Share This

Records Management


Importance of Records Management

Records management is vital to:

  • Managing growth of record holdings
  • Improving storage & retrieval
  • Improving efficiency & productivity
  • Identifying & protecting vital/essential records
  • Meeting fiscal, archival, legal, & administrative requirements
  • Preserving corporate memory & provide a historical reference to the past
    • When individuals leave - knowledge management
    • Archival value - preserved for historical reasons

NDCC 54-56: Records Management
North Dakota Century Code (NDCC) Chapter 54-46: Records Management outlines requirements for a standard Records Management program. It also includes definitions, duties, and guidelines for management, disposal, and preservation of records. Furthermore, NDUS Procedure 1912.8 directs each NDUS institution to "maintain a continuing program for the management of records as required by N.D.C.C. ch. 54-46."

What is a Record?

NDCC 54-46-02 states that a record is: "a document, book, paper, photograph, sound recording or other material, regardless of physical form or characteristics, made or received pursuant to law or in connection with the transaction of official business."

A document is a record if:  

  • Your office created it.
  • Your office received it & acted on it.
  • Your office is designated as the custodian (record-holder).
  • Your office needs it to document decisions.
    • EXAMPLES: Meeting minutes, accounting files, budget files, correspondence, personnel files, insurance policies, contracts, project files, research documents, etc.

Is E-Mail a Record? 
E-mail messages can be a record, though it depends on the message's content, i.e. lunch invite vs. a decision to approve the budget of a project. E-mails should be treated like correspondence, filed by subject/content, and retained according to a retention schedule (same rules apply paper & electronic).

Storage options:  

  • Print and file in traditional paper system,
  • Archive in email folders, or
  • Move to separate file location (network, EDMS, etc.) for record-keeping purposes.

What is Not a Record? 

  • Library & museum material made or acquired and preserved solely for reference or exhibition purposes.
  • Stocks of publications (forms, brochures) & of processed documents.
  • Extra copies of documents retained only for convenience of reference.
    • NOTE: Reference copies should not be kept longer than the record. Must be made available for open records requests and litigation, even if only copies available.

Check out this Is It a Record? flowchart.

Records Retention Schedule

The current Records Disposal Report for Williston State College (NDUS General Records) can be found in the WSC 2019 Records Disposal Report.

This report is due to the WSC Unit Records Coordinator by May 31, 2020.   

Unable to find a record series description that applies to your record?
Please contact your WSC Unit Records Coordinator to help identify the appropriate record series for you. It may possible that a new record series needs to be created and the Unit Records Coordinator will request that on your behalf.

Litigation Holds

Information subject to a litigation hold should not be disposed of until the hold is canceled or removed. If you are notified of pending or reasonably foreseeable litigation, ongoing audit or open records request, there may be an impact to the management and/or disposal of your records. SBHE Policy 1912 outlines the procedure for applying a litigation hold for NDUS and its institutions.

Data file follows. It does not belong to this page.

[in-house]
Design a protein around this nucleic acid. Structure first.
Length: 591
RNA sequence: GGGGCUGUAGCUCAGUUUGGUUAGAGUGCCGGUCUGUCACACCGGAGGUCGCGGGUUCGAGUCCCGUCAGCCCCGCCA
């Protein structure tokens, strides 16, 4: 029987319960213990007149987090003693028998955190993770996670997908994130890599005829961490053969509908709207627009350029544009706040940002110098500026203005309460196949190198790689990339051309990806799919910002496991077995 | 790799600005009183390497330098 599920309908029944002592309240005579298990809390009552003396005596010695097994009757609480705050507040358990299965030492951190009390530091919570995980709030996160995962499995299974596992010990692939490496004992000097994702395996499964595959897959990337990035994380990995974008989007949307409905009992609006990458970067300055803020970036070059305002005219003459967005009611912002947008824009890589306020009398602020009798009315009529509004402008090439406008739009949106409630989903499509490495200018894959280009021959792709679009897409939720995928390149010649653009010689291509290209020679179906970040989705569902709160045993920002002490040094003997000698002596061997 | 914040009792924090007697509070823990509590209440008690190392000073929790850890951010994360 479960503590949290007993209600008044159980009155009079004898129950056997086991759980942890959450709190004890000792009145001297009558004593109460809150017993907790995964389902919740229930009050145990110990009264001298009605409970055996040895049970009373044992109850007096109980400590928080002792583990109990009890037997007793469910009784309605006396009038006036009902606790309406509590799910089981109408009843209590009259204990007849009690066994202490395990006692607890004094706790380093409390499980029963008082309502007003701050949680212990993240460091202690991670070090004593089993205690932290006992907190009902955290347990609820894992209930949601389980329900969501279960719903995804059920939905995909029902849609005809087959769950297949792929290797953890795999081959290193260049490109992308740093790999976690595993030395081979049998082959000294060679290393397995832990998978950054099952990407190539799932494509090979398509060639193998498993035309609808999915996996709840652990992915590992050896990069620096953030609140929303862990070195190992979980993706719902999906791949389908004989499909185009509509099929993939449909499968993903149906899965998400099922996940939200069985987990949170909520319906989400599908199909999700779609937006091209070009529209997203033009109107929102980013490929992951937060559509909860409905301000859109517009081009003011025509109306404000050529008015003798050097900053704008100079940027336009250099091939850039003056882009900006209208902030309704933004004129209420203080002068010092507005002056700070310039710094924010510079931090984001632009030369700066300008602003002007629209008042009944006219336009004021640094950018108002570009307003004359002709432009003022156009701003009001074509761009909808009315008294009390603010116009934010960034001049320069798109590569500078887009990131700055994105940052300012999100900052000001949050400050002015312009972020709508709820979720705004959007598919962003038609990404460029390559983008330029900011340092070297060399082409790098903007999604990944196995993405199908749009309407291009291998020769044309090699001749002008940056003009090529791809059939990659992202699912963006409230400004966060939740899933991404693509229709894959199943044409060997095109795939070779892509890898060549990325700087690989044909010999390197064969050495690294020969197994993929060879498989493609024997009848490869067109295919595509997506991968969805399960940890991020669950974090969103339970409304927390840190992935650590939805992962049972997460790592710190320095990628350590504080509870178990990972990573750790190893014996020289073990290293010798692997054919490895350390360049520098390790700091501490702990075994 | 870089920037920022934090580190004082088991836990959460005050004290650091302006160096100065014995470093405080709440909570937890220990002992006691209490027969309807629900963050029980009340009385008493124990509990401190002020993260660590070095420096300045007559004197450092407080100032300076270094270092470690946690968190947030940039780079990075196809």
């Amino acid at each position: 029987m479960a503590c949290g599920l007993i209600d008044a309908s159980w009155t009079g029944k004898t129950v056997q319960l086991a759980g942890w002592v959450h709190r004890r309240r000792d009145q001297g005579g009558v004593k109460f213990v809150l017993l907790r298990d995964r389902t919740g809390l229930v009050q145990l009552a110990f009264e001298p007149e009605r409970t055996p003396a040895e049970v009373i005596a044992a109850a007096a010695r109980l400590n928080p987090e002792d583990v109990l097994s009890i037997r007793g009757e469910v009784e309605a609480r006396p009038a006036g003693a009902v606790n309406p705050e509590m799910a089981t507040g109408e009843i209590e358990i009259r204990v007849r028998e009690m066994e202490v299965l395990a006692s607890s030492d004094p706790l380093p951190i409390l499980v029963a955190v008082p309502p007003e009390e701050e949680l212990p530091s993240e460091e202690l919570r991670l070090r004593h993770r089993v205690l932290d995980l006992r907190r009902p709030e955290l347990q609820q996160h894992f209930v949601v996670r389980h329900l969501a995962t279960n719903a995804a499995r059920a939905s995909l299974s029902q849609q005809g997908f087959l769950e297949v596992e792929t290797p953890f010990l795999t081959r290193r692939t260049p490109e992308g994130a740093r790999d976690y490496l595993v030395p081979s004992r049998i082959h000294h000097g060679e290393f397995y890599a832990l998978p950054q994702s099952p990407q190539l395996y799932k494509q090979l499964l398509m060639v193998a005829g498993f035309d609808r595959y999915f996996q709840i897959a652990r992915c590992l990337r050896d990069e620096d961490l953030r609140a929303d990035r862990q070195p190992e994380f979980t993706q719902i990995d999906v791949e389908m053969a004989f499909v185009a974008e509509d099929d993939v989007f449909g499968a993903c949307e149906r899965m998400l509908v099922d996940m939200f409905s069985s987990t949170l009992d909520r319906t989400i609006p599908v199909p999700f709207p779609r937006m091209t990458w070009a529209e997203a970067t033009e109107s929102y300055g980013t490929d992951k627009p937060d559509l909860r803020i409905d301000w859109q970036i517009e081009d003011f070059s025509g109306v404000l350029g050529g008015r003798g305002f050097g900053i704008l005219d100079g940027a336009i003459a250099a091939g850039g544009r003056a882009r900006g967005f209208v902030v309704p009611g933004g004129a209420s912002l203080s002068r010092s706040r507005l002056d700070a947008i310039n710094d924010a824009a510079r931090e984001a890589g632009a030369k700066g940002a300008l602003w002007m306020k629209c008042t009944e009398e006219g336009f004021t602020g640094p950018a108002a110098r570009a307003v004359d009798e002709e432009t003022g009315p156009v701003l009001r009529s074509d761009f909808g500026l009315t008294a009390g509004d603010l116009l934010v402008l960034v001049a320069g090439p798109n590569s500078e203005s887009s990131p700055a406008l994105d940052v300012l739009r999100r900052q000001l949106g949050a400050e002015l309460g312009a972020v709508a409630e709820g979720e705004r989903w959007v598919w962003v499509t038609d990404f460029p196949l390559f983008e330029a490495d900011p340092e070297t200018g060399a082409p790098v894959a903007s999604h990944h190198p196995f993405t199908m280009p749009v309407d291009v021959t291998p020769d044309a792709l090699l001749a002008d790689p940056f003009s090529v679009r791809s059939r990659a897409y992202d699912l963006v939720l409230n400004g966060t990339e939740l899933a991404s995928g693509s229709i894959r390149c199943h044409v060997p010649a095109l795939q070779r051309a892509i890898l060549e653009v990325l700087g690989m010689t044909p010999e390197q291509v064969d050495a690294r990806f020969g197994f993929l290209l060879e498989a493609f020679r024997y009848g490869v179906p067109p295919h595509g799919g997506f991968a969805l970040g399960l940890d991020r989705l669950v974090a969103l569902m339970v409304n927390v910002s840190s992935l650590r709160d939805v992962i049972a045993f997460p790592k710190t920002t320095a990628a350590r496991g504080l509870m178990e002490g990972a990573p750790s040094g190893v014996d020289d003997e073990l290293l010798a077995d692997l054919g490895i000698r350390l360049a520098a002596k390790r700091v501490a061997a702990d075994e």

Disposal Resources

The Disposal Process
Information about the annual records disposal will be communicated to the WSC community through this website and other electronic announcements. Records disposal is the responsibility of all WSC faculty, staff, and students who manage records. The process is facilitated by the Unit Records Coordinator. Forms received from the WSC campus community are compiled by the Unit Records Coordinator, who then records their unit's disposal data electronically prior to the required deadline.  

Disposal Methods
Paper Records

  • Landfill/Recycle: place in trash or a recycling bin - no special protections required
  • Retain: retain within department
  • *Shred: coordinate appropriate disposal
  • Archive: give the records to be archived to your Unit Records Coordinator who will then coordinate the transfer to Archives.

Electronic Records

  • Recycle: delete if stored on a hard drive (computer or external), on a network drive or within an electronic imaging system. If stored on a floppy, CD, DVD, USB, tape or other electronic media, place in recycle bin
  • Retain: retain within department
  • *Shred: securely destroy
  • Archive: give the records to be archived to your Unit Records Coordinator who will then coordinate the transfer to Archives.

Records with a disposal method of "shred" often contain confidential information and must be disposed of properly. Paper or microform records must be shredded in an office shredder or through a shredding service. Other media should also be disposed of so as to destroy any data. For electronic media this may mean that the device has to be physically destroyed or completely overwritten with data at the end of its life.  

Contact Information

The Unit Records Coordinator provides assistance and oversight to faculty, staff, and administrators in their units for management and disposal of their records in compliance with federal, state, and institutional requirements. 

WSC Unit Records Coordinator | Shari Erdman, Learning Commons Coordinator
701.774.4226 (p) | 701.595.7408 (t) |

Information on this page adapted with permission from the NDSU Records Management Department, Fargo, North Dakota.